Dog training alleviates PTSD symptomatology by emotional and attentional regulation
BACKGROUND: Post-Traumatic Stress Disorder (PTSD) symptoms include re-experiencing, avoidance, hyperarousal, and cognitive deficits, reflecting both emotional and cognitive dysregulation. In recent years, non-pharmacological approaches and specifically animal-assisted therapy have been shown to be beneficial for a variety of disorders such as Attention-Deficit/Hyperactivity Disorder, Autism Spectrum Disorder, and PTSD. However, little is mentioned in the literature about the reciprocal effects of the animal-human interaction. OBJECTIVE: To evaluate the effects of a one-year dog training programme on PTSD symptomatology in youngsters with PTSD and on dogs' behaviour. METHODS: Fifty-three adolescents, previously exposed to interpersonal trauma, were clinically diagnosed with PTSD and assigned to a dog-training programme group (n = 30) and a control group (n = 23) that engaged in other training programmes (e.g. cooking, hairstyling, etc.). Both groups were evaluated at baseline and following 12-months by The Clinician-Administered PTSD Scale for DSM-5 in Children and Adolescents (CAPS-CA-5) and Beck-Depression Inventory (BDI). Additionally, we physiologically measured both emotional and attention dysregulation. RESULTS: Post-12-months training, a significant alleviation of PTSD symptomatology accompanied by lower depression severity was observed in the dog-training group, compared with a insignificant recovery in the control group. Furthermore, improved emotional and attentional regulation was observed in the dog-training group. Measuring the dogs' behaviour revealed increased anxiety and decreased selective attention performance, which was inversely correlated with the beneficial effects observed in the dog-training programme group. CONCLUSIONS: Our findings emphasize the role of emotional and attentional regulations on the dog-handler interface, as evidence-based support for the beneficial effects of the dog-training programme, as either a non-pharmacological intervention or as complementary to anti-depressants treatment of PTSD. Though pharmacological treatments increase the patients' well-being by treating certain PTSD symptoms, our suggested dog-training programme seems to influence the PTSD diagnostic status, thus may be implemented in civilians and veterans with PTSD.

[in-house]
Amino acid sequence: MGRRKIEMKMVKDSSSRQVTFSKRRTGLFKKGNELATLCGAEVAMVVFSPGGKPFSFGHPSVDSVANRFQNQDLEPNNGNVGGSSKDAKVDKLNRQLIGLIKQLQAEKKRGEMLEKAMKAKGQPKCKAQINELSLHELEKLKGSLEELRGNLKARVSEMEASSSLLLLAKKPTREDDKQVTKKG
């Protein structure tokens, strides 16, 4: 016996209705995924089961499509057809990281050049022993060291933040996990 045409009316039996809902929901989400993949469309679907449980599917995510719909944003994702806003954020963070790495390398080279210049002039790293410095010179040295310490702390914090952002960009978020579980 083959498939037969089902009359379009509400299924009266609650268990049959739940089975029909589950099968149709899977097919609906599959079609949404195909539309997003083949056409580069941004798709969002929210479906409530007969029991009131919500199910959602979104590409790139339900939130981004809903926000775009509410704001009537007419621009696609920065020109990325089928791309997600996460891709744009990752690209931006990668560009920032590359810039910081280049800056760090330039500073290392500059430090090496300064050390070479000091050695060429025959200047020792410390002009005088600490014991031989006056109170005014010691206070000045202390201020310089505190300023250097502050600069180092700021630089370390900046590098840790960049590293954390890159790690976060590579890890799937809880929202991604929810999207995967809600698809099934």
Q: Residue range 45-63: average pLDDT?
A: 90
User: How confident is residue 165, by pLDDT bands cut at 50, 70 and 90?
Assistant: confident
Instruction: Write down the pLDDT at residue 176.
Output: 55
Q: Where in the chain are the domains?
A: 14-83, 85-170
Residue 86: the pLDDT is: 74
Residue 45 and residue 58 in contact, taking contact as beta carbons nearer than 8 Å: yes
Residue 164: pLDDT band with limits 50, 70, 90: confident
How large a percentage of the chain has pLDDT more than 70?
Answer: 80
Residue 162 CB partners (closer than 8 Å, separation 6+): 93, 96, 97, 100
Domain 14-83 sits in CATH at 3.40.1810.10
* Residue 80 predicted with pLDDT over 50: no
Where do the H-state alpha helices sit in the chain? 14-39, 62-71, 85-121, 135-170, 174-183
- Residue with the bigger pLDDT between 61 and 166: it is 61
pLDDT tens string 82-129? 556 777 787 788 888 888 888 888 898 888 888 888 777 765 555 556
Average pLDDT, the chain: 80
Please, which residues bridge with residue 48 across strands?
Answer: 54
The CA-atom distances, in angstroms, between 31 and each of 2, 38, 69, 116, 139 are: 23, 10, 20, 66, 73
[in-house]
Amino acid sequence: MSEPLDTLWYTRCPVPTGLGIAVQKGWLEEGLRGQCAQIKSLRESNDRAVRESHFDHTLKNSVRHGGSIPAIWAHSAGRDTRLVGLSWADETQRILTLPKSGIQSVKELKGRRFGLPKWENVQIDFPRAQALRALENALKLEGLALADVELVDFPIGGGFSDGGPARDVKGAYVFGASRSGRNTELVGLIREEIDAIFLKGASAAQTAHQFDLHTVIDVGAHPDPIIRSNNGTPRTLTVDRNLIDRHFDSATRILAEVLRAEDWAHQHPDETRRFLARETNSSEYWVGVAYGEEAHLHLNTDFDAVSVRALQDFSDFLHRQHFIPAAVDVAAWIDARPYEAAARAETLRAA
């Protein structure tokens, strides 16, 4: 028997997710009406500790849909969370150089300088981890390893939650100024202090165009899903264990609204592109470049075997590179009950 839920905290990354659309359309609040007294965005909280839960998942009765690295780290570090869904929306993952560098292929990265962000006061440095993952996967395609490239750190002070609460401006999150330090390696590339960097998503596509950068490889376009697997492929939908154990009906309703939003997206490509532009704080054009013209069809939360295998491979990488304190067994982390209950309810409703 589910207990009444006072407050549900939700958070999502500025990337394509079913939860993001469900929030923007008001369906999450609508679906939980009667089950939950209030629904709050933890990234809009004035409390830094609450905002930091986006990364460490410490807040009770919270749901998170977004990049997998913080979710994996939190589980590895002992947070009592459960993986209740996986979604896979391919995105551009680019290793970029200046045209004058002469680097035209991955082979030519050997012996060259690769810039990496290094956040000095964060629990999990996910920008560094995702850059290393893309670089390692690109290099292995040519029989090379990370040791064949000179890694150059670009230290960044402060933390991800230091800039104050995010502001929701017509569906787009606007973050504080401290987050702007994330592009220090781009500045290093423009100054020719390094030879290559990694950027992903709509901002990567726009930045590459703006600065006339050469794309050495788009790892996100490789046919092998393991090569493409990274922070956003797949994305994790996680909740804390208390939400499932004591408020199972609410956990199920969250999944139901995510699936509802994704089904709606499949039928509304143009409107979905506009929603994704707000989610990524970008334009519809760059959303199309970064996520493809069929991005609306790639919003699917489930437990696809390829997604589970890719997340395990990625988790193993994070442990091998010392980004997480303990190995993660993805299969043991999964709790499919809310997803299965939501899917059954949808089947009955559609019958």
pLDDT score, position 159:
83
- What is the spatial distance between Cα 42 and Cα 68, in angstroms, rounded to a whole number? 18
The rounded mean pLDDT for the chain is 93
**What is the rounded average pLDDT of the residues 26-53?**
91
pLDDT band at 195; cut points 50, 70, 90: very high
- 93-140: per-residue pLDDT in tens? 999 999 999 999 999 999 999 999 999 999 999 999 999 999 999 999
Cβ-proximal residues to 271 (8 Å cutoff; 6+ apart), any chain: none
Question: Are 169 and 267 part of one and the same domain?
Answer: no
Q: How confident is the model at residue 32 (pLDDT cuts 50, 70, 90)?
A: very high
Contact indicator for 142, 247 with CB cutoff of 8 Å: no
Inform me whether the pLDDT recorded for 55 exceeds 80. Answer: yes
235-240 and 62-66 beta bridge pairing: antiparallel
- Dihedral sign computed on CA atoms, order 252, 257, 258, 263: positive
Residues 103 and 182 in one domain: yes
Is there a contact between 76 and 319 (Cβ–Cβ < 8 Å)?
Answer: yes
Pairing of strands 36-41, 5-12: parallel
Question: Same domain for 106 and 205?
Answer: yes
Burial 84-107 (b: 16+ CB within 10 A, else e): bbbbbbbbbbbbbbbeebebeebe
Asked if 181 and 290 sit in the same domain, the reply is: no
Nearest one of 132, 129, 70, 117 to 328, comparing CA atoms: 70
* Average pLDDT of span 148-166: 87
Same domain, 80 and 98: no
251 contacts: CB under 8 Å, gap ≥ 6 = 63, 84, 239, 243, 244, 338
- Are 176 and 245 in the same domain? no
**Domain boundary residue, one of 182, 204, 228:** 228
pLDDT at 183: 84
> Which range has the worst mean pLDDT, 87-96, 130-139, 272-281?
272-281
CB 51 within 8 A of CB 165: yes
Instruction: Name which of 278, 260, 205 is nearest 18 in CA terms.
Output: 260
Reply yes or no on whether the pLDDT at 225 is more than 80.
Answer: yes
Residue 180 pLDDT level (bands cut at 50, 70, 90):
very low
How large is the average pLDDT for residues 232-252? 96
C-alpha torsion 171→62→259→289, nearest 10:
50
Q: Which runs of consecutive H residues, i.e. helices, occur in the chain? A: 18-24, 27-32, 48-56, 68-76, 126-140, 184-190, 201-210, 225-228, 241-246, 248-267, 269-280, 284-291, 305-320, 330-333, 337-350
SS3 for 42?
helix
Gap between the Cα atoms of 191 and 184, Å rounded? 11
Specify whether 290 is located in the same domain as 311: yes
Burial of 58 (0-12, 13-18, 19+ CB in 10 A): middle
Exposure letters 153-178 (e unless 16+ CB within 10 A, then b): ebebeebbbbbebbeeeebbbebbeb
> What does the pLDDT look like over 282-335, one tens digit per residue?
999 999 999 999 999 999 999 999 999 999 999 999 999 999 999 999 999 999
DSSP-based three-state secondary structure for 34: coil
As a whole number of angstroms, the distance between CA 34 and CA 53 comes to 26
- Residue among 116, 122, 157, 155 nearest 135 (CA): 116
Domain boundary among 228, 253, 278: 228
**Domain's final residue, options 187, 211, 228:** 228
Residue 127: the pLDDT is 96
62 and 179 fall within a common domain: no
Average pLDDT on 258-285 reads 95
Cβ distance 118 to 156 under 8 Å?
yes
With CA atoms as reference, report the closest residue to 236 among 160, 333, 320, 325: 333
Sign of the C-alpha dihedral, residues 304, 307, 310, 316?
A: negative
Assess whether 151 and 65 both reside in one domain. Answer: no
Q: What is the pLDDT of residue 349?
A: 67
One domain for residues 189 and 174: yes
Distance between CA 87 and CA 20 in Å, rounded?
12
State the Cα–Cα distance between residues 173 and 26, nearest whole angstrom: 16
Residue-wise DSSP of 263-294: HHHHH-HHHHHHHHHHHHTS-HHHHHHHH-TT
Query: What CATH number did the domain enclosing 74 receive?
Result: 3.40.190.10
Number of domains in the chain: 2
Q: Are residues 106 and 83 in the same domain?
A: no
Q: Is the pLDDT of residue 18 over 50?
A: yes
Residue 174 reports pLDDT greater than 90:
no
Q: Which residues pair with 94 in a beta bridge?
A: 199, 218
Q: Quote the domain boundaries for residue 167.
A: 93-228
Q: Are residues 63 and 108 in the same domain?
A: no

|Publication Title||Eur J Psychotraumatol|
|Author Address||Behavioral Neurobiology Lab, Department of Occupational Therapy, University of Haifa, Haifa, Israel.Nursing Department, Jerusalem College of Technology, Jerusalem, Israel.Department of Psychiatry, Emek Medical Center, Afula, Israel.|
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